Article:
GOP rep: Nuke could enter US hidden in marijuana bales

Rep. Trent FranksHarold (Trent) Trent FranksArizona New Members 2019 Cook shifts 8 House races toward Dems Freedom Caucus members see openings in leadership MORE (R-Ariz.) on Wednesday cautioned that a nuclear weapon could enter the U.S. under the cover of marijuana.

“We sometimes used to make the point that if someone wanted to smuggle a dangerous weapon into America, even a nuclear weapon, how would they do it?” he said on CNN. "The suggestion is, maybe we’ll hide it in a bale of marijuana. There are national security implications here for a porous border.

“As a group of nations, we need to understand that America is the world’s flagship of freedom. If we don’t have a secure border, that hurts everyone in the long run.”

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The Washington Post reported Wednesday that Franks’s suggestion is one that has been floated by nuclear weapons experts and at least one Democrat in the past.

“Missile defense is OK politically, but remember you can smuggle a nuclear weapon inside a bale of marijuana,” Rep. Brad Sherman (D-Calif.) said at a congressional hearing about North Korea earlier this month.

Sherman said something similar at a hearing in January, the Post said, and referenced the scenario at least three times when discussing Iran in 2015.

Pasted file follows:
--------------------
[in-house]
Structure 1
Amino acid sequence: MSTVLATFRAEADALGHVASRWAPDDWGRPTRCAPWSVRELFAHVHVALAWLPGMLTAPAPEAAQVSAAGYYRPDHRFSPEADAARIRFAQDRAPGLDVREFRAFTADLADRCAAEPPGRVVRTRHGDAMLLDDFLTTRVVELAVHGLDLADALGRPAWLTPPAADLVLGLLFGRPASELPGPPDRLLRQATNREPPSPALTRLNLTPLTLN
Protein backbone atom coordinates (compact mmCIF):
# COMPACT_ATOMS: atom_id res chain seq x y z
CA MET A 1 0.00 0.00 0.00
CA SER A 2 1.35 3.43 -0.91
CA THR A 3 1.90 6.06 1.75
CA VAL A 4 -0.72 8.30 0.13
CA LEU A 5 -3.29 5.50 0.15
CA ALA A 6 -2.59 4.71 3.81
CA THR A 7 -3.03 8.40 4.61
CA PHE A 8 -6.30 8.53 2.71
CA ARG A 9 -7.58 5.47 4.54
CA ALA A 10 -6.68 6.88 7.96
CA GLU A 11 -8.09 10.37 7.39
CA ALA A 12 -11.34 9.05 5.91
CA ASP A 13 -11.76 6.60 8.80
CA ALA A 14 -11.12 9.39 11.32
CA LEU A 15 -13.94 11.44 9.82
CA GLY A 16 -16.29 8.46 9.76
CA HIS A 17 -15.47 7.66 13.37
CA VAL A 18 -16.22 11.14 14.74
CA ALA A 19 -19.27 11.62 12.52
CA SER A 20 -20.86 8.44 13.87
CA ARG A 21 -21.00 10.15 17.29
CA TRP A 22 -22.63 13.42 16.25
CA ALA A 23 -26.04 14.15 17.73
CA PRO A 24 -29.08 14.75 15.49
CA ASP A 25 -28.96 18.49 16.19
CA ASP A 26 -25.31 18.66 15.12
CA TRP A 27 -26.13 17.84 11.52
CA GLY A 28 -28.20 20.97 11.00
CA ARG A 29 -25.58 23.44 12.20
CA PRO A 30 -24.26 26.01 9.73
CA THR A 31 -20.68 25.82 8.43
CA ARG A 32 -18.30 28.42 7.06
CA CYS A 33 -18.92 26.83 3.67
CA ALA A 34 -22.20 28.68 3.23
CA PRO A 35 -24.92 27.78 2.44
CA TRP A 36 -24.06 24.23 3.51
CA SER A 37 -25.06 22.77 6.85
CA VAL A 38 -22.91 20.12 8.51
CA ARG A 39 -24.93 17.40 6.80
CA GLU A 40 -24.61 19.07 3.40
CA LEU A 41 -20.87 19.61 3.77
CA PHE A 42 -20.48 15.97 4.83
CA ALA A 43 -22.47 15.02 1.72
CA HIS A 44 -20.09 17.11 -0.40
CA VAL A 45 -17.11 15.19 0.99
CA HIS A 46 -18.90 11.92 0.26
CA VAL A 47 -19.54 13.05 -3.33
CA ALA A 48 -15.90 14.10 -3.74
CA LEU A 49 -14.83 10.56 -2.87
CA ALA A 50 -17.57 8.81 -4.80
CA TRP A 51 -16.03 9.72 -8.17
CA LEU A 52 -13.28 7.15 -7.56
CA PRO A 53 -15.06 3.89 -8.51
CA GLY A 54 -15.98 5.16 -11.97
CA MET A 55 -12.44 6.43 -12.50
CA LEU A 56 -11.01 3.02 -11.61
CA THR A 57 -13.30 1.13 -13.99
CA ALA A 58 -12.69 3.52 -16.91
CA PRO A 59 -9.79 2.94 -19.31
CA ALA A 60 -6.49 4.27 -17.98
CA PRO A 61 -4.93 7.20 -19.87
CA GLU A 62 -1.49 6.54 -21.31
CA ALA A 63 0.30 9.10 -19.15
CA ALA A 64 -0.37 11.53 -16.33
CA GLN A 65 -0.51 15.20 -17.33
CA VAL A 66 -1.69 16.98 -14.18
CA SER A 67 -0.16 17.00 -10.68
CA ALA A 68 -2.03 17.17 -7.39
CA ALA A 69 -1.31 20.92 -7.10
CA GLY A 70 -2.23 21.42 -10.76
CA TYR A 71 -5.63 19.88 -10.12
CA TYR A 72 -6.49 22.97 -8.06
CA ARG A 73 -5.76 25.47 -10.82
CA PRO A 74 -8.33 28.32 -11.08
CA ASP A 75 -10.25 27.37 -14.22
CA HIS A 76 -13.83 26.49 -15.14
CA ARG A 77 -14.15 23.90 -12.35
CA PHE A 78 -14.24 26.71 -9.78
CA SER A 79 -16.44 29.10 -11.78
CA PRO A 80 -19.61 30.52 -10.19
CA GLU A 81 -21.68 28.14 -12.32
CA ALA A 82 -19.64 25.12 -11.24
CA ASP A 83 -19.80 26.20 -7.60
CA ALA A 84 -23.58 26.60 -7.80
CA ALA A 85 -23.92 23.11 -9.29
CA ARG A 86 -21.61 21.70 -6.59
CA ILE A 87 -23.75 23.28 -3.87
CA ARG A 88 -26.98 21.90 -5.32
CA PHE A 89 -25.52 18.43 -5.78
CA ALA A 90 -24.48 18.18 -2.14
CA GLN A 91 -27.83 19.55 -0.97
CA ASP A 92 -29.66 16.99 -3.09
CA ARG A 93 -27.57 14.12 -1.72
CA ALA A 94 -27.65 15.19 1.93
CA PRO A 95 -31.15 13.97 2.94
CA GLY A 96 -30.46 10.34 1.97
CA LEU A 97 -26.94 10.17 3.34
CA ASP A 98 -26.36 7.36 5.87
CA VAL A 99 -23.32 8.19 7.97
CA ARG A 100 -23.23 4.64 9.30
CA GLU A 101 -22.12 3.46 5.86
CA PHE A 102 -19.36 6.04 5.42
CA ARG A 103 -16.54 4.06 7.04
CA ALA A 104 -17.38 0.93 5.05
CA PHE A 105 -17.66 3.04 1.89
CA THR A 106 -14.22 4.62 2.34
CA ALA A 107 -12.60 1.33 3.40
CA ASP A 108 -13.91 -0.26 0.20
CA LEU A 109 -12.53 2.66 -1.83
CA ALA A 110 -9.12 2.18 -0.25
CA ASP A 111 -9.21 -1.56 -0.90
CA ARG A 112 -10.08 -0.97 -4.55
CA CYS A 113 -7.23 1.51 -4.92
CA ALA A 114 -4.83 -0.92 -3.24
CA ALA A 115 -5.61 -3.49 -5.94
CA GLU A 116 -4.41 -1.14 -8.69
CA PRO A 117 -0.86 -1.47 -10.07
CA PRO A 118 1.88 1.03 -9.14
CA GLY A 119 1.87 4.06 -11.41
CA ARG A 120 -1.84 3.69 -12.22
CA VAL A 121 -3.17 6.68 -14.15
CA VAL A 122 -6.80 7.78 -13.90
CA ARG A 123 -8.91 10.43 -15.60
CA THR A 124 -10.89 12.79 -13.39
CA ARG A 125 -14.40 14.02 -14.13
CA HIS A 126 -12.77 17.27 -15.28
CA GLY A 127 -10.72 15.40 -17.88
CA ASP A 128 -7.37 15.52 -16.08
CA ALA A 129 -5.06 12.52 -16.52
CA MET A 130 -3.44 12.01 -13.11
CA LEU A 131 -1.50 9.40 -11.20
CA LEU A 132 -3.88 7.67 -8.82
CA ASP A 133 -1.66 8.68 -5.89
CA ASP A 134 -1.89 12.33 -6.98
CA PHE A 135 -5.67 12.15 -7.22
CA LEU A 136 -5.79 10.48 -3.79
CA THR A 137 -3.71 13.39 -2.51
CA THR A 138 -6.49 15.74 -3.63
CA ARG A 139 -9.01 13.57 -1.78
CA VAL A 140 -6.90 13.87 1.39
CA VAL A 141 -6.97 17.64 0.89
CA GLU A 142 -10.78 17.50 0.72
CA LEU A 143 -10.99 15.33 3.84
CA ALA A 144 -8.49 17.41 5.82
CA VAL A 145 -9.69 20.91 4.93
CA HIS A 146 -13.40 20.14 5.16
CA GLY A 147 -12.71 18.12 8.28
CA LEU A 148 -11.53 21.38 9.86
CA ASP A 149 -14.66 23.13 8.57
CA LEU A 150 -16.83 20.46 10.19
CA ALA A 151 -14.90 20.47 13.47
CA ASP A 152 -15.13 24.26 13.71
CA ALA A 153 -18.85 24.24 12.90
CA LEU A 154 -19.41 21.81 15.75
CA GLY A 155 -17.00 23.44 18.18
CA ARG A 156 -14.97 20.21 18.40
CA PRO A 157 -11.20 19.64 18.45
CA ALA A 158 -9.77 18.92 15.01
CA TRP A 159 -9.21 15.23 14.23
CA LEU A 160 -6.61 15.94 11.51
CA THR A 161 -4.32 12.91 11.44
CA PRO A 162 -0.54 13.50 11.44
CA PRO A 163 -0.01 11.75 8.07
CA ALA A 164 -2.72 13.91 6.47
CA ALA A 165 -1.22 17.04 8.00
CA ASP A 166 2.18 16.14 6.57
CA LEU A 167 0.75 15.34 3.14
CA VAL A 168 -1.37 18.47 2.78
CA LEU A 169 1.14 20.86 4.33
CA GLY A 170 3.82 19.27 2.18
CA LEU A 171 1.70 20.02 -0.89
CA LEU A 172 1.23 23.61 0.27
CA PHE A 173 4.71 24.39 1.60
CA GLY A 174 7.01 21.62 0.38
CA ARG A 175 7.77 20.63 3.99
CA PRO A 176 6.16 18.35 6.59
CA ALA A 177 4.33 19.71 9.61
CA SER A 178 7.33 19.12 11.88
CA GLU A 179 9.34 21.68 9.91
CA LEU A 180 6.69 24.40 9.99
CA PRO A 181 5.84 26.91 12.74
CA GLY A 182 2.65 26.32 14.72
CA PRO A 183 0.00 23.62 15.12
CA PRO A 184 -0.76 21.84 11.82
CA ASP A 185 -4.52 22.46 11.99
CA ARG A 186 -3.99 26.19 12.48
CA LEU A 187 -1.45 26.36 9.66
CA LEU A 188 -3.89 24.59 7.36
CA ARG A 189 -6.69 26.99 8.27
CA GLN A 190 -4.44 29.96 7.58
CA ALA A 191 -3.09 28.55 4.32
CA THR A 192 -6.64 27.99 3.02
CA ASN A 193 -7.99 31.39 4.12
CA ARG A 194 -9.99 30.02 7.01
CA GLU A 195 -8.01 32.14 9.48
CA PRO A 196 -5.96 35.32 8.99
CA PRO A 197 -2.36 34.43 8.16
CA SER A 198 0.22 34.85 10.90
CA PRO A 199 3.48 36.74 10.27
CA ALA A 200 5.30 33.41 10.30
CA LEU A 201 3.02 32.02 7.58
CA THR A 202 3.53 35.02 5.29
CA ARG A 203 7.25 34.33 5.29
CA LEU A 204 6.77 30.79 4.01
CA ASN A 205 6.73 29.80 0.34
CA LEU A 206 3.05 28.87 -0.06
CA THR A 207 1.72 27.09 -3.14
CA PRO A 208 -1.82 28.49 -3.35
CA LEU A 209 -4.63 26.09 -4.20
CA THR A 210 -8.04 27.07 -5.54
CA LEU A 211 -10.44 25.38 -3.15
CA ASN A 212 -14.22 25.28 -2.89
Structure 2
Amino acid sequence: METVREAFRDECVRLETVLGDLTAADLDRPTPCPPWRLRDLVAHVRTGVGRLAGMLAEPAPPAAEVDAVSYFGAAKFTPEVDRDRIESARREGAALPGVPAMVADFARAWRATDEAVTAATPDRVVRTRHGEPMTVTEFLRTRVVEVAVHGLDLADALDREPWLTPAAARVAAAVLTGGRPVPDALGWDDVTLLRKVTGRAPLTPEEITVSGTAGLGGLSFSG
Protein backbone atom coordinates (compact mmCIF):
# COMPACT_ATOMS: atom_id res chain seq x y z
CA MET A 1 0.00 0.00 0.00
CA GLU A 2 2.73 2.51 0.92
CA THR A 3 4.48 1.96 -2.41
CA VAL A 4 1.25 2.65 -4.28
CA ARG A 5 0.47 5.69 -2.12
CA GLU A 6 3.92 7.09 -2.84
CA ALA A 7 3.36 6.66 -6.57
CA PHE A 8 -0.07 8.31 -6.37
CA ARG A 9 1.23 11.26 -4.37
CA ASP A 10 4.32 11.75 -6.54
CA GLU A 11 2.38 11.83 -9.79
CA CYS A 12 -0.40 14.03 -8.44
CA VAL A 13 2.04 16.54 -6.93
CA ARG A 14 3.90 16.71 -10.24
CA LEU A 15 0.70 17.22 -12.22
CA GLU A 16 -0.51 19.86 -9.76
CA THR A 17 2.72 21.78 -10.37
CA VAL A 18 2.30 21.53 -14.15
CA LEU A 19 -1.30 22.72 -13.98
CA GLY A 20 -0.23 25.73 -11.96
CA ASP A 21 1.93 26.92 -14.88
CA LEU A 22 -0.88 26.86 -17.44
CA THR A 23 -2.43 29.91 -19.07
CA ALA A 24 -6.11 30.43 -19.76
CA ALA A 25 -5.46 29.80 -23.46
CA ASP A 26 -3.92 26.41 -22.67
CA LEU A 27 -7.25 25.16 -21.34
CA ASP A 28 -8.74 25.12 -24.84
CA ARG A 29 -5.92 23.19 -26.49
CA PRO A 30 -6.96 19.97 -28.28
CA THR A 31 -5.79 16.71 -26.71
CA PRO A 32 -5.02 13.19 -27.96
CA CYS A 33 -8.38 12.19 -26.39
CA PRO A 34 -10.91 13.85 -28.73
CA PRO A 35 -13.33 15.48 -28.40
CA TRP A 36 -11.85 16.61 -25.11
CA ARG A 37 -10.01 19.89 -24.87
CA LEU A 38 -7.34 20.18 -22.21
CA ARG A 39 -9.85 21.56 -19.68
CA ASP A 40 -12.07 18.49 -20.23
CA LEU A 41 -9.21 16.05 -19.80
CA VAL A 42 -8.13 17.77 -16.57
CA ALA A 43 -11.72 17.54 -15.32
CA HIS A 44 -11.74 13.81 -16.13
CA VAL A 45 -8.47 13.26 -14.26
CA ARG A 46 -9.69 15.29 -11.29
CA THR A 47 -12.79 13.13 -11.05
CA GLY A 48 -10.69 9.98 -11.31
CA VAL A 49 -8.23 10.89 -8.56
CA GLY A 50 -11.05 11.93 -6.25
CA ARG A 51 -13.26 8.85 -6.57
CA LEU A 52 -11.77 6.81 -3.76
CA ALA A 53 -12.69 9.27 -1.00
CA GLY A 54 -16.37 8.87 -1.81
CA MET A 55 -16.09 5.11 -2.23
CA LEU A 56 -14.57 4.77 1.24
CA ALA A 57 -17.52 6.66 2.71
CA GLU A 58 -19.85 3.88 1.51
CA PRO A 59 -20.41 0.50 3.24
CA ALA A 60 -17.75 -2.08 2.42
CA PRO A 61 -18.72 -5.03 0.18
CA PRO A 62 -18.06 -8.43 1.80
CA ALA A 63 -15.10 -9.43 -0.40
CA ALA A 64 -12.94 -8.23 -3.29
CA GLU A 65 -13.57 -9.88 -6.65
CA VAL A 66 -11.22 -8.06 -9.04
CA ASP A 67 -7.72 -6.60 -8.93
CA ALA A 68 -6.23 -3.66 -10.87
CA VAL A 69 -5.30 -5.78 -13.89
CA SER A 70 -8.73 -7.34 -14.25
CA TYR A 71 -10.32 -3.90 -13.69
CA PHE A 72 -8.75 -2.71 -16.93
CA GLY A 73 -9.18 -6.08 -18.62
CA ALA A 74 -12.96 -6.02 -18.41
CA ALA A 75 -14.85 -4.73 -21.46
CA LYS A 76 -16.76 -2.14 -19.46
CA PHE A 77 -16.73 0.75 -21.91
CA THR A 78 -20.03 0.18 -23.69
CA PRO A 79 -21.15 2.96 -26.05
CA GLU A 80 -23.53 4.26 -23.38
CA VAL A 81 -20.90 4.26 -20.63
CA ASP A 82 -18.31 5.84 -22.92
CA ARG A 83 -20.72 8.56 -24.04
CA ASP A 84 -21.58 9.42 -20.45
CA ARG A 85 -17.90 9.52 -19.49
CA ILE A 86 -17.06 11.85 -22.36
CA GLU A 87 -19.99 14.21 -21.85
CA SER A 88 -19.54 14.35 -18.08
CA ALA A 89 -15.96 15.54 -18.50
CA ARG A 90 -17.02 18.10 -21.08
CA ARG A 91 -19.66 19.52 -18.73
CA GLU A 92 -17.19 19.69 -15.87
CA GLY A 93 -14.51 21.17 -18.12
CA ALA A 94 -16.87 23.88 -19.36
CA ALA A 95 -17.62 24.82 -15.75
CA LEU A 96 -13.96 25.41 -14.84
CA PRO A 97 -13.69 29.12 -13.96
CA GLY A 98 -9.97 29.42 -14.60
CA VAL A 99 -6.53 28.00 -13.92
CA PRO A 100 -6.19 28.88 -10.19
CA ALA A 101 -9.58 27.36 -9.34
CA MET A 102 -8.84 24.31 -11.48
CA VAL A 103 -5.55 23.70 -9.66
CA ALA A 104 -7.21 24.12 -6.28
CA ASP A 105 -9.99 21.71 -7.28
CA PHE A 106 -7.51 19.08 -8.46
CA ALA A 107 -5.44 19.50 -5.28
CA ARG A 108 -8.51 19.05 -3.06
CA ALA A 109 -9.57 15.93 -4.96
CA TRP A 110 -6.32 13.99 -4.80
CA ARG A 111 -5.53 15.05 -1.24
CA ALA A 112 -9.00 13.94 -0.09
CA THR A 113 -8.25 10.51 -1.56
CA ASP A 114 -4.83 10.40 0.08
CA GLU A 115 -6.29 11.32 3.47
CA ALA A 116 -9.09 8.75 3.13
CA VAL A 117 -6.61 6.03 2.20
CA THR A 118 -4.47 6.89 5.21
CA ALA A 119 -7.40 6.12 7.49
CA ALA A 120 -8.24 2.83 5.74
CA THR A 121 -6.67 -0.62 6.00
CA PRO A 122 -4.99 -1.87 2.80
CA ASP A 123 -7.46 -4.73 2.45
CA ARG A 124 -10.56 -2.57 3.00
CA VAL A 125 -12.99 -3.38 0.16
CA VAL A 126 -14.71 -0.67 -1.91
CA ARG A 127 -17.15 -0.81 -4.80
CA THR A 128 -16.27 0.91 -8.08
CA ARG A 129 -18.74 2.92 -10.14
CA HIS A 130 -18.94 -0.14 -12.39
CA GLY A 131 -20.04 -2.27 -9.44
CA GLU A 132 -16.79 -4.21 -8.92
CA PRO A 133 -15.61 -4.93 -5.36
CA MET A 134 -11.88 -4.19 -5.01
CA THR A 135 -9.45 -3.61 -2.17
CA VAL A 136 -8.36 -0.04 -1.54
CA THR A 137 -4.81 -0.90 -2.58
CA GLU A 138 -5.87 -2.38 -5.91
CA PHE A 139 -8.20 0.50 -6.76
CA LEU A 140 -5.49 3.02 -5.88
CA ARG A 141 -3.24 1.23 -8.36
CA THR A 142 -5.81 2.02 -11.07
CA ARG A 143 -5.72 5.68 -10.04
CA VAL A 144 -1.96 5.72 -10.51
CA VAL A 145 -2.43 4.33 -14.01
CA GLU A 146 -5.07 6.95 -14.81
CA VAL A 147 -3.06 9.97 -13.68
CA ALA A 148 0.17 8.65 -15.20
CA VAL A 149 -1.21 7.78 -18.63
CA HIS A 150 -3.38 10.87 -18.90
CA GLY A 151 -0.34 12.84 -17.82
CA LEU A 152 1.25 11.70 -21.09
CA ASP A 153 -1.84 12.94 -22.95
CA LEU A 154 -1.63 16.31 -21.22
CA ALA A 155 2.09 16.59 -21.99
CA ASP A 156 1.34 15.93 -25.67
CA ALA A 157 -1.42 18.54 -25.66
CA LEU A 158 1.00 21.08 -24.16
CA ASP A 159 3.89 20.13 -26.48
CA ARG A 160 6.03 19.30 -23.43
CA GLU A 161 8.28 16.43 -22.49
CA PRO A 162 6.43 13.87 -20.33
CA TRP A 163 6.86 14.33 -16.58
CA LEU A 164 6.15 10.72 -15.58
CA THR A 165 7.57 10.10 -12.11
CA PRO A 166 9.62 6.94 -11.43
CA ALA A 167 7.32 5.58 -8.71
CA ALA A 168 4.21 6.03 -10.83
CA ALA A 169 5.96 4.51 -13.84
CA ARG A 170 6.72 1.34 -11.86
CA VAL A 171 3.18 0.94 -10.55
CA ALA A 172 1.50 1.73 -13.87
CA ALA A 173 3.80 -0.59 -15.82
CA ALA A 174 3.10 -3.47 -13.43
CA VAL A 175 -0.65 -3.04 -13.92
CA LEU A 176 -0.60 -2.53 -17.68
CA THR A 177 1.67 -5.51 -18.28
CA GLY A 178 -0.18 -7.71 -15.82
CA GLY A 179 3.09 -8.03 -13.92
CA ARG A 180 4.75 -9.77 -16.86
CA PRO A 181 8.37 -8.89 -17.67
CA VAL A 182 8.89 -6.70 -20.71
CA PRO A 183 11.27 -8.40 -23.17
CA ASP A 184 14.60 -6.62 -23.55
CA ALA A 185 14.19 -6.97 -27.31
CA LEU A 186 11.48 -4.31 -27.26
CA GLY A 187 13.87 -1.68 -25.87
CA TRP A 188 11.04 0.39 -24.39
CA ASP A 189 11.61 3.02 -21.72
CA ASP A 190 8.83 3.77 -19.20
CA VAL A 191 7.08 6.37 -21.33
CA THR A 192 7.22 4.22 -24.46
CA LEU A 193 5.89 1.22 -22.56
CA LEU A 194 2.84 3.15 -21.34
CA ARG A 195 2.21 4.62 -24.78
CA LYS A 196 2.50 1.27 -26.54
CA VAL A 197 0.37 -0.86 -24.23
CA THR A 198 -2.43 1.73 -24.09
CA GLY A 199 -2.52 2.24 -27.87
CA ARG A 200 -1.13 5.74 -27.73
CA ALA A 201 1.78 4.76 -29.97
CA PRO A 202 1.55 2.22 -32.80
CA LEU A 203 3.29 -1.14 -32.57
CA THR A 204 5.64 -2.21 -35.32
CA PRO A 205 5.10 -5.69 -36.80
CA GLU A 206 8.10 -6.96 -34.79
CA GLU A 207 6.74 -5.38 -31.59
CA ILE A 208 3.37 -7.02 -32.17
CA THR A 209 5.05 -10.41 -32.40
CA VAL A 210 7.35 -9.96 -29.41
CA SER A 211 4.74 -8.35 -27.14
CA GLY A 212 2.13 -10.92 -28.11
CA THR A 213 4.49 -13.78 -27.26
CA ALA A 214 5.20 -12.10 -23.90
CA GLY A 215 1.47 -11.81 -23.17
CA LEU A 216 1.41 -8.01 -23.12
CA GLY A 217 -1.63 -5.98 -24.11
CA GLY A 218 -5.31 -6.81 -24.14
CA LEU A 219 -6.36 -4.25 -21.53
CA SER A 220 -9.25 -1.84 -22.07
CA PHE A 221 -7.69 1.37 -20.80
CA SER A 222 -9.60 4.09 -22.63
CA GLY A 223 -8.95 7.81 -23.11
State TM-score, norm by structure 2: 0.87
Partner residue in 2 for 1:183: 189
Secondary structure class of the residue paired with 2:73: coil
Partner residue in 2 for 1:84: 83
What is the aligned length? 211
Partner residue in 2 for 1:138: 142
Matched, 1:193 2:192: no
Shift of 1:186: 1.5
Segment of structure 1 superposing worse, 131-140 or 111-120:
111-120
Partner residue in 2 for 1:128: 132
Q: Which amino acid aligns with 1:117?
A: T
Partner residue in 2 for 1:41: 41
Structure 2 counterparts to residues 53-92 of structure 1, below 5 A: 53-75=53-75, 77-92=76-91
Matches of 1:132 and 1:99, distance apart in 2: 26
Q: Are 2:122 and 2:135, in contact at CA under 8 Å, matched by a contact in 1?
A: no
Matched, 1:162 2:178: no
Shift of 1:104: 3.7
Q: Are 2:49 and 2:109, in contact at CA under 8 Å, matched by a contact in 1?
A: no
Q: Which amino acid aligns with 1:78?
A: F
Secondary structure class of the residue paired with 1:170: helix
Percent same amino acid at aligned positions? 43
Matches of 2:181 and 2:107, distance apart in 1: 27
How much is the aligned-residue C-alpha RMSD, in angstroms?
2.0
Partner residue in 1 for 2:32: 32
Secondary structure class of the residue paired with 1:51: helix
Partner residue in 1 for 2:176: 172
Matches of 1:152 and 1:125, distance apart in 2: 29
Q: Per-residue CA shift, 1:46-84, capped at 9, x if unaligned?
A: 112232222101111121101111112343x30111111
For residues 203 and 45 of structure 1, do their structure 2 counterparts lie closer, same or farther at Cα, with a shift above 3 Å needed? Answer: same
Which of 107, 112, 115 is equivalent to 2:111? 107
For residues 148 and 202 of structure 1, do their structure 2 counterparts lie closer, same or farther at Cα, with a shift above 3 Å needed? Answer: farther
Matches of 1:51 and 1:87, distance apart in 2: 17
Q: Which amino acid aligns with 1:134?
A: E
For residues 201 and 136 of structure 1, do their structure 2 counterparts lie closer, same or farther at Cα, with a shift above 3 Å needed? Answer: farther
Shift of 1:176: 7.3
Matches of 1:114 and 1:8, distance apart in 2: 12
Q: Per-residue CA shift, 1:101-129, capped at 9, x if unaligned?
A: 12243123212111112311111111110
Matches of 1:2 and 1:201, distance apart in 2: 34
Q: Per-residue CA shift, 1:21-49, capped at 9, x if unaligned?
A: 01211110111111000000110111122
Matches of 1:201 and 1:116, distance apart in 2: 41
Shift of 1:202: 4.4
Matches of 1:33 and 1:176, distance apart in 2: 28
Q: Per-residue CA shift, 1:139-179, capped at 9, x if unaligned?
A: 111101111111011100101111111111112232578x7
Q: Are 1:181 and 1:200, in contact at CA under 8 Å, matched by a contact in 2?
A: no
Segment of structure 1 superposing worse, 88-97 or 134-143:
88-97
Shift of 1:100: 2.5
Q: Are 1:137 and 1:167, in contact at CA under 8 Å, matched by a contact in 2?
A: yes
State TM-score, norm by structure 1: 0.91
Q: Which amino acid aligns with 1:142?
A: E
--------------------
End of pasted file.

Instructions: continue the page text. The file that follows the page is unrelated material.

David Kay of the International Atomic Energy Agency explained why the idea is plausible during a 1996 interview on PBS’s “Frontline.”

“I’ve often said, my preferred method for delivering a nuclear device is, I would hide it in a bale of marijuana, contract it out to the drug lords and move it,” he said.

“Marijuana is a good shielder actually for radiation. The drug lords have a superb record for delivery. They’re not Fed Ex, but they’re awfully close to it. And contract it out and get it across the border.”

The director of George Washington University’s Homeland Security Policy Institute also pitched the idea in 2014.

“If you want to smuggle in a tactical nuclear weapon, just put it in a bale of marijuana,” Frank Ciluffo said during a congressional hearing that year. "Because we’re not doing that well in terms of some of our drug enforcement.”

President Trump has vowed to build a wall along the U.S.-Mexico border, arguing it would help curb the flow of illegal immigrants, drug trafficking and related violence into America.